Pet Cemetery

Next to the sprawling Valley Cemetery and East Lawn Memorial Park lies the only active pet cemetery in Washington County.

Pet Rest Perpetual Care was added to the Ohio 7 cemetery in 1978 by then-owners John and Carol Santone.

According to an opinion piece by Carol in a 1991 edition of The Marietta Times, the Santones had added the pet cemetery “to fulfill the need to provide the pet owners in this area a permanent resting place for their ‘special’ member of the family.”

Today that tradition is still being carried on by American Cemetery Service, which maintains and operates East Lawn Memorial Park, Valley Cemetery and Pet Rest.

“It’s a lot easier on people,” said park superintendent Larry McKitrick of why people choose to have their pets professionally buried.

Over the years, McKitrick has seen birds, cats, dogs, and even a snake, buried at Pet Rest.

And just as in a human cemetery, people appreciate having a permanent final resting place where they can visit and remember their lost companion, he said.

“It’s visited often. People put flowers out. I think they also have a separate Memorial Day for the pets,” he said.

Though not recognized by an official legislative proclamation, the second Sunday in September is recognized as National Pet Memorial Day.

Though Pet Rest is the only active pet cemetery in the county, it has not always been that way.

Throughout the 1970s, 1980s and into the 1990s, the Humane Society of the Ohio Valley allowed pets to be buried first at its original Dodds Run Road location and then at the current Mt. Tom Road location.

According to a 1991 article in The Marietta Times, more than 500 pets were buried at the Dodds Run Road location.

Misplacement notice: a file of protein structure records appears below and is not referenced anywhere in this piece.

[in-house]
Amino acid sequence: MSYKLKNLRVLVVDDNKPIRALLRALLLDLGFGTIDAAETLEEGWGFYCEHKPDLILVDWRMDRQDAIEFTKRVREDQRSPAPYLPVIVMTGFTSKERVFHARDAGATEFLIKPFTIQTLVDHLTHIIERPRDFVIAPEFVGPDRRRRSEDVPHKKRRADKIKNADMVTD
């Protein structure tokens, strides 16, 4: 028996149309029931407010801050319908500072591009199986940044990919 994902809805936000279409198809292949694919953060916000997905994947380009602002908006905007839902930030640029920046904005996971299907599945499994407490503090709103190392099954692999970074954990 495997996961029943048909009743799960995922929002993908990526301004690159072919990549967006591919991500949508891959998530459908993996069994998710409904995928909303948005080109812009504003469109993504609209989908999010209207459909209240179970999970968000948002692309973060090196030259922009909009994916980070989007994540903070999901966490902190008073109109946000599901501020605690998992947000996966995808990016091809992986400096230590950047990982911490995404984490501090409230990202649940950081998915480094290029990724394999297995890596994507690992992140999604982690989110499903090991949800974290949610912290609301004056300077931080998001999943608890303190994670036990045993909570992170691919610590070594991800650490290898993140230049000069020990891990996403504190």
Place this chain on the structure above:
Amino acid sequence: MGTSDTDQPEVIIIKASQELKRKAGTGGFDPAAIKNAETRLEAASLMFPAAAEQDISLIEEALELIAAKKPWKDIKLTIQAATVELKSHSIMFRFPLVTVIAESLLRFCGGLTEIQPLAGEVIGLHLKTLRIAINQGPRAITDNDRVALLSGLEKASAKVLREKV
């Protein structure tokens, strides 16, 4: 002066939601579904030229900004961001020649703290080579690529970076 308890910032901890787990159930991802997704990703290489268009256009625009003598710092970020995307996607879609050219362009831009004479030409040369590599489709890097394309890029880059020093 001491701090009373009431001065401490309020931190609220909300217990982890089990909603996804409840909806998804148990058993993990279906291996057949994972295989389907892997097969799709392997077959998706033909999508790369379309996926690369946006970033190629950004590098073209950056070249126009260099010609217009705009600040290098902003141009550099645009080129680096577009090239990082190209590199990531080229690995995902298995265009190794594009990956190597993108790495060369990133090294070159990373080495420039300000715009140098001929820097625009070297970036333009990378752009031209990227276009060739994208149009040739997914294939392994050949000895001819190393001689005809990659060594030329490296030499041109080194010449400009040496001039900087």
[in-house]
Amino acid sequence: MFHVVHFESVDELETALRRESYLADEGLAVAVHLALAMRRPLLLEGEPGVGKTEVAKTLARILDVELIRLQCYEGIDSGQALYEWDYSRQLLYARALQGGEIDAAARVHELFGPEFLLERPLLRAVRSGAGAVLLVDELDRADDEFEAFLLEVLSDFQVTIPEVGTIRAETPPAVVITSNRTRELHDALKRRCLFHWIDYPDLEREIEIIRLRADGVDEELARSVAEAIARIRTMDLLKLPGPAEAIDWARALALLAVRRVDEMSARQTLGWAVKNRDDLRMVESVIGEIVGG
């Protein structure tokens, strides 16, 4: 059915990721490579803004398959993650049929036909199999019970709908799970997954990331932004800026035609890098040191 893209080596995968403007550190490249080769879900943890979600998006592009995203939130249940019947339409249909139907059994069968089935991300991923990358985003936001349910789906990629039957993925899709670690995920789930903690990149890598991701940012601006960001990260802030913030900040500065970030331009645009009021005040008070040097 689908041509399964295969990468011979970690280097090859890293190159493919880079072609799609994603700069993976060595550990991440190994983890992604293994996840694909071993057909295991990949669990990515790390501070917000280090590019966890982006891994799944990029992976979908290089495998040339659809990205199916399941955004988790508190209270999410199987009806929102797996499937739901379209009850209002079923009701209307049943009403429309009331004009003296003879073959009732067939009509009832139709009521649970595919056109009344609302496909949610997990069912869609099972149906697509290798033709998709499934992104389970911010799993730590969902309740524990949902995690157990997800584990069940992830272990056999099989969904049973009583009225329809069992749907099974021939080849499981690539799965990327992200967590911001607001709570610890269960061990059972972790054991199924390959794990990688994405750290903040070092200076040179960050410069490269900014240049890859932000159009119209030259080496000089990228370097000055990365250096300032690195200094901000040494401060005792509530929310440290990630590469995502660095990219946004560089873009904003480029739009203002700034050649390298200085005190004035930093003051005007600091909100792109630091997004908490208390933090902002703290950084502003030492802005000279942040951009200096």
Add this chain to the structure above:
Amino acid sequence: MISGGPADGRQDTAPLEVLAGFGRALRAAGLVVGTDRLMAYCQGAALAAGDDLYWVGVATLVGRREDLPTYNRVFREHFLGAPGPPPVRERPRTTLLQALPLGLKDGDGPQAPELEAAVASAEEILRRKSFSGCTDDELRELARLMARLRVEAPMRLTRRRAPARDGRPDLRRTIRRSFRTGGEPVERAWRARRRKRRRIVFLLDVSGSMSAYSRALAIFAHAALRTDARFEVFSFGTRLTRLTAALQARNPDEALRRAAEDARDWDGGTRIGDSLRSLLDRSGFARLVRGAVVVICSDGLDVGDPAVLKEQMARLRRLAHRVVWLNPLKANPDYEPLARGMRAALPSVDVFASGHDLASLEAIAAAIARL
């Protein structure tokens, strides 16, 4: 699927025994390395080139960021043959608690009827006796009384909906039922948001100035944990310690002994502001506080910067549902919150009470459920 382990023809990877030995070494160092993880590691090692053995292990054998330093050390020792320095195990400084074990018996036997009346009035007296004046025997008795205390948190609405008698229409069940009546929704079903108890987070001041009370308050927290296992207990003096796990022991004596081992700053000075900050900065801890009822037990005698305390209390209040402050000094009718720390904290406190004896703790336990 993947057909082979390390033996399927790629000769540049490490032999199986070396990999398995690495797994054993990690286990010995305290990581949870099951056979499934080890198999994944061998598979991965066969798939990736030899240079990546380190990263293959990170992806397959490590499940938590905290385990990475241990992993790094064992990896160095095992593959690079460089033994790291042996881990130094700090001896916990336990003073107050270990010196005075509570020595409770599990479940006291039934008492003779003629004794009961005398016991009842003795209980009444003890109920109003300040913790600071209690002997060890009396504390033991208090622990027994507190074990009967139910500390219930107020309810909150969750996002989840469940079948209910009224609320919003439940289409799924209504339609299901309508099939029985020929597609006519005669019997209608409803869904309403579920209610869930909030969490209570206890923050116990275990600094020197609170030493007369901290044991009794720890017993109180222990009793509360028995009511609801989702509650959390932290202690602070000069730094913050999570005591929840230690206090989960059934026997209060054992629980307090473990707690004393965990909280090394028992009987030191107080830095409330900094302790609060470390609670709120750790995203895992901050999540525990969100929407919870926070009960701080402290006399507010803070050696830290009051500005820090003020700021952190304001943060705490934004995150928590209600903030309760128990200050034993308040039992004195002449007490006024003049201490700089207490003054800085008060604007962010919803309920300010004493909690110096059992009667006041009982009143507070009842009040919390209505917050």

“We didn’t have commercial cemeteries at that time,” explained Louise Holmes, who presided over the Humane Society’s board of directors when it made the move to the new location in 1984.

The humane society received permission from the Washington County Commissioners to continue burying pets at the Mt. Tom location for a $50 fee.

“People came out and they would donate. We would bury their pets out there with a little plaque,” recalled Holmes.

But that all came to a crashing halt more than two decades ago when the Santones raised objections to the humane society cemetery.

Citing a 1986 pet cemetery law that stated such cemeteries must maintain a $12,000 bond for their assured continuation, the Santones asked the Washington County Commissioners to suspend burials at the humane society, which they did in 1991.

According to an article published in 1991, around 132 pets were buried at the Mt. Tom Road cemetery-deemed the Schafer Memorial Gardens-at the time it was shut down.

However, time has taken its toll on the cemetery. All but a few plaques have completely sunk into the ground, said current shelter manager Steve Herron.